The culture of learning through failure has become popularized in the startup world through the lean methodology in the book The Lean Startup. A bittersweet process, especially for those just beginning, the takeaway for growth is that having a mini R&D budget has become a necessity to both drive iterative innovation steps and continue to keep the next-generation workforce satisfied.

Taking calculated risks is now part of the job of a growth leader. Owning the swagger of being fearless is contagious.


At a glimpse, a growth leader may seem like a role of a tinkerer who is more concerned with solving problems than making persuasive business cases.

But at the executive level, leaders rely on relationships and recognize the importance of customer experiences, marketplace dynamics, and internal business complexities. Successful growth leaders exercise significant EQ, with the finesse to manage with more than just logic to rally the different stakeholders in their ecosystem.

Practicing data-driven storytelling is an essential skill. Not only is about visualizing the data, having enough empathy to shape and make relevant the narrative to the stakeholder, but using data effectively to tell a story is important for building rapport and relationships. It’s all about credibility.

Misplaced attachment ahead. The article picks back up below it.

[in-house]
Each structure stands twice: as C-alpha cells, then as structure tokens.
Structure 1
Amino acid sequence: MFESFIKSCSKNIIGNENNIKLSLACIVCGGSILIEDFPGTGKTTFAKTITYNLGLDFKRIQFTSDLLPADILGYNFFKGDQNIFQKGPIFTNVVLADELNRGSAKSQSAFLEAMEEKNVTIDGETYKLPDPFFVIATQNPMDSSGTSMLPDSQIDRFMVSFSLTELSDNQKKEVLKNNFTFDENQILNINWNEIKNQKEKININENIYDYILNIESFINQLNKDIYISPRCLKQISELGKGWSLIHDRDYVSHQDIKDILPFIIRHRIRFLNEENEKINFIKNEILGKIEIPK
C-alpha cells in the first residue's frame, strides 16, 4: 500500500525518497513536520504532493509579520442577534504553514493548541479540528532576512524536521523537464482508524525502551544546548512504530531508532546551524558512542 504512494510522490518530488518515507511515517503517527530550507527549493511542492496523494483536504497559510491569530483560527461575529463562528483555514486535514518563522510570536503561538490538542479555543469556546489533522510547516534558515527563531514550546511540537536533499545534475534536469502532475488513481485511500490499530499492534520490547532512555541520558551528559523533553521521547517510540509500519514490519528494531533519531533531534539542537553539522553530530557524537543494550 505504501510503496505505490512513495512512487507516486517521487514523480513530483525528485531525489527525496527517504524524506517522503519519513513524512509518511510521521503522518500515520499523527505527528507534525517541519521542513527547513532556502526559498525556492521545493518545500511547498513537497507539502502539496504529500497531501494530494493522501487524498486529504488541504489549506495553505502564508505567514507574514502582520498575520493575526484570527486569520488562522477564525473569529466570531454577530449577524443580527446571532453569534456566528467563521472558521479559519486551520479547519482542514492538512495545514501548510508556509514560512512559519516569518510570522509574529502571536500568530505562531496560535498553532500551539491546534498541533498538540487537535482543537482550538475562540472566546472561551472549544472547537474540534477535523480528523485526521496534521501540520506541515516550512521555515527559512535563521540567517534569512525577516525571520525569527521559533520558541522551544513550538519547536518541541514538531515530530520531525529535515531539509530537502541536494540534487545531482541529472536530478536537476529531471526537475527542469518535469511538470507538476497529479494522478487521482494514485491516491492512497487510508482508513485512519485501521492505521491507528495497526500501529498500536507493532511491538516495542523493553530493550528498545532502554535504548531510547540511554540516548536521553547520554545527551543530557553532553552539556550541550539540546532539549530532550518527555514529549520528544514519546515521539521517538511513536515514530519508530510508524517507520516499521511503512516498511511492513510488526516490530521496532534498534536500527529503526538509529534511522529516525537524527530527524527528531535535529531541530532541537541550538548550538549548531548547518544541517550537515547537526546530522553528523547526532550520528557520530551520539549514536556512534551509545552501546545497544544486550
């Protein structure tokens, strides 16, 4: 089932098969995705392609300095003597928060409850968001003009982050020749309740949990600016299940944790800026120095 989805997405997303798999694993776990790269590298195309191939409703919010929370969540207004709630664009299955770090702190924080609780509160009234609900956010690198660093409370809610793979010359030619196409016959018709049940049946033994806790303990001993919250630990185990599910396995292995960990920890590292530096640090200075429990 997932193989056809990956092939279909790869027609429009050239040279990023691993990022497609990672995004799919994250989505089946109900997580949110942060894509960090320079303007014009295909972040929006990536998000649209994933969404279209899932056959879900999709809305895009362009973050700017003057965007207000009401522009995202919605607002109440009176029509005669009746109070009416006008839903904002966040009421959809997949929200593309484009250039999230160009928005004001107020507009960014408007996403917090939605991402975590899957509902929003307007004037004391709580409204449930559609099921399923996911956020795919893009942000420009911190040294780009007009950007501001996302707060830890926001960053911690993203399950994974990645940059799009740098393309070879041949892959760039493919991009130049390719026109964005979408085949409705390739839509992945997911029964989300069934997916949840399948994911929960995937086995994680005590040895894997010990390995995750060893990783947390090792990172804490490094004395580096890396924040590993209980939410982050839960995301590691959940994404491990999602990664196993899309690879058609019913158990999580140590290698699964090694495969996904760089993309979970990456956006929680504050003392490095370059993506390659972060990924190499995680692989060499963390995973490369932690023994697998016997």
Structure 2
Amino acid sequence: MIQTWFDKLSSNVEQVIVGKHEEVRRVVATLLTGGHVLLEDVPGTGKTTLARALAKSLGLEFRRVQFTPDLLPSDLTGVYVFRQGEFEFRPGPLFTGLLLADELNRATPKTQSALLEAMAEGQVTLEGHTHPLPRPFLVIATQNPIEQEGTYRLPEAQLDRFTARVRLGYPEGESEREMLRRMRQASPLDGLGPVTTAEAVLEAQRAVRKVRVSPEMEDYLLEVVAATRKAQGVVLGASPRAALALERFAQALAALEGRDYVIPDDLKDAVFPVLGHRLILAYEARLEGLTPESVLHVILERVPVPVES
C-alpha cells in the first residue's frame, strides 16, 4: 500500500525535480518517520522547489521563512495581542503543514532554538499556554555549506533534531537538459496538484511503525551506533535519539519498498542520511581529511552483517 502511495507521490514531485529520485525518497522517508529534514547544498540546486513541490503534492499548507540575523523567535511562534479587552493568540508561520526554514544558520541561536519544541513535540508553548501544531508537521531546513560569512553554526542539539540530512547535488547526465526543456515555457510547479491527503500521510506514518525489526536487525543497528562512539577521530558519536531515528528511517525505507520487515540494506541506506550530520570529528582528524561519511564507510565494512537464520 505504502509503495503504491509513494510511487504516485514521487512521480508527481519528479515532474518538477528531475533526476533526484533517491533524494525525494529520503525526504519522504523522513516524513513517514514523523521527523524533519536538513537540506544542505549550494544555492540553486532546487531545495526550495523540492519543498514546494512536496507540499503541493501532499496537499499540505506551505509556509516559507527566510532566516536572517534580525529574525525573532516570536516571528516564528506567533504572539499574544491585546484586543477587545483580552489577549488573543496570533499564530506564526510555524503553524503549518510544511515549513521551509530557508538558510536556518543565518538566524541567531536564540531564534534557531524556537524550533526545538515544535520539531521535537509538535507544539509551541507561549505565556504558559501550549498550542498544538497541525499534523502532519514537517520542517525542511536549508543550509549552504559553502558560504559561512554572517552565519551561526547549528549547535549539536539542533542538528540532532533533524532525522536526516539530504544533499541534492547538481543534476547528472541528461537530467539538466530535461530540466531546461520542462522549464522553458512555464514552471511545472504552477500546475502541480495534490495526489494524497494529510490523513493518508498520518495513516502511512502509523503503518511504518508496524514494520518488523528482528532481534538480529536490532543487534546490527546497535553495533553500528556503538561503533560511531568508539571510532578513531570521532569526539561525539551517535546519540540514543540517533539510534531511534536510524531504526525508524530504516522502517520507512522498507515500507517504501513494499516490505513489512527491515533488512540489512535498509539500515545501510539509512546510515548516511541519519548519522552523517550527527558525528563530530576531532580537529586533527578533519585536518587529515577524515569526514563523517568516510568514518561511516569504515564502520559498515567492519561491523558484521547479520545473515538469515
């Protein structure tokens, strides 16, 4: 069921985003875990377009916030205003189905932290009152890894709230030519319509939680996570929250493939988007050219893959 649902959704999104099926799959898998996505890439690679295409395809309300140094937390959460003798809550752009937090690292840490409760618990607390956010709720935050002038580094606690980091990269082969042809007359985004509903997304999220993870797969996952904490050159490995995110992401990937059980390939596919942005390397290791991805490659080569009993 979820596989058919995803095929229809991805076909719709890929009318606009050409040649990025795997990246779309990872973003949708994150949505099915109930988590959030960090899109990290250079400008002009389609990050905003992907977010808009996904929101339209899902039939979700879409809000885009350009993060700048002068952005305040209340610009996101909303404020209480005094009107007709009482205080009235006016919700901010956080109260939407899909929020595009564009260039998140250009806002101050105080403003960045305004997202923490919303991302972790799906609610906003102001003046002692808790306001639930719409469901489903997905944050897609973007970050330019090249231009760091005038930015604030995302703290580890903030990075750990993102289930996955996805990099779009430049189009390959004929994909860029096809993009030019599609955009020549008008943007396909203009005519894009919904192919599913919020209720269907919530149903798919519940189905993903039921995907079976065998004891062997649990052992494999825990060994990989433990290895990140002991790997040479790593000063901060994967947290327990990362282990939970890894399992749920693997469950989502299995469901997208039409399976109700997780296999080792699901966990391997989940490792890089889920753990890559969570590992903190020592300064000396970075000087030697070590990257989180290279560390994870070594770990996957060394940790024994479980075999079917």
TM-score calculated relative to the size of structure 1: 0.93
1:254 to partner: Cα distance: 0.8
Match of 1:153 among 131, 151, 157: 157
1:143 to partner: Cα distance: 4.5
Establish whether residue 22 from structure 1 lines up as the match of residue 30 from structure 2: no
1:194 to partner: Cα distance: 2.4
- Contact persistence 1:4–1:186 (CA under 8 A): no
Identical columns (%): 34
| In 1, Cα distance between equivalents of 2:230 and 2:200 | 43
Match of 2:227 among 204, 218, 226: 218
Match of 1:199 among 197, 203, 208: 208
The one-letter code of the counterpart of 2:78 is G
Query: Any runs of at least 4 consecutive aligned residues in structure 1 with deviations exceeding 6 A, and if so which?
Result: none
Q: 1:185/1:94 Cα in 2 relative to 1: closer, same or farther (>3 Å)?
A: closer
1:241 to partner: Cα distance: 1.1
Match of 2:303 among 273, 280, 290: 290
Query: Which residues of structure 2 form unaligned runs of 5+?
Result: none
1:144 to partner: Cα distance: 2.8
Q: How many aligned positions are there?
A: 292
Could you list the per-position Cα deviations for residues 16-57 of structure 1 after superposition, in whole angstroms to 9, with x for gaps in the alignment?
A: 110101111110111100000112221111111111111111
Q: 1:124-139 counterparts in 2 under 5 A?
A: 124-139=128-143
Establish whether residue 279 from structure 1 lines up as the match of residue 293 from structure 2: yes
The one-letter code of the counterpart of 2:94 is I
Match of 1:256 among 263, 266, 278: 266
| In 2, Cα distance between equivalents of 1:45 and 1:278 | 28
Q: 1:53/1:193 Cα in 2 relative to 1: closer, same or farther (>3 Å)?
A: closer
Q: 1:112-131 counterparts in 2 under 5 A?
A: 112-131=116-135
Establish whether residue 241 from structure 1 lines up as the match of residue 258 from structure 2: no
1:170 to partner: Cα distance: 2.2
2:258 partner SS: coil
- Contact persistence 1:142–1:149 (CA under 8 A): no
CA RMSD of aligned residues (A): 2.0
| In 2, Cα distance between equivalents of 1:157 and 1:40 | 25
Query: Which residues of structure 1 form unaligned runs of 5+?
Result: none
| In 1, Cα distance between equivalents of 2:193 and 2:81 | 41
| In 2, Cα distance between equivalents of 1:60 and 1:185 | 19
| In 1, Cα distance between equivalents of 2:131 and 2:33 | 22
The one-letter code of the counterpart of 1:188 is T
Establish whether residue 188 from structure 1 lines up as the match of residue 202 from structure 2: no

Also, with the varied experiences and knowledge required by growth, they now need to become chameleons in different crowds they interact. Always pushing their comfort zone, these leaders now learn to be authenticated, active listeners who work to elevate others interests along with their own.

Customer empathy is more than looking at a wishlist, it is bridging the gap between the pain and potential.


It seems natural to meet complexity with sophistication. However, as we described earlier, the rapid changes actually require growth leaders to keep processes and experiences simple to gain a competitive advantage. These initiatives are usually considered digital transformations.

The key to successful digital transformations is less about the number of tools, but the integration and coordination challenges across business functions, people, processes, and data.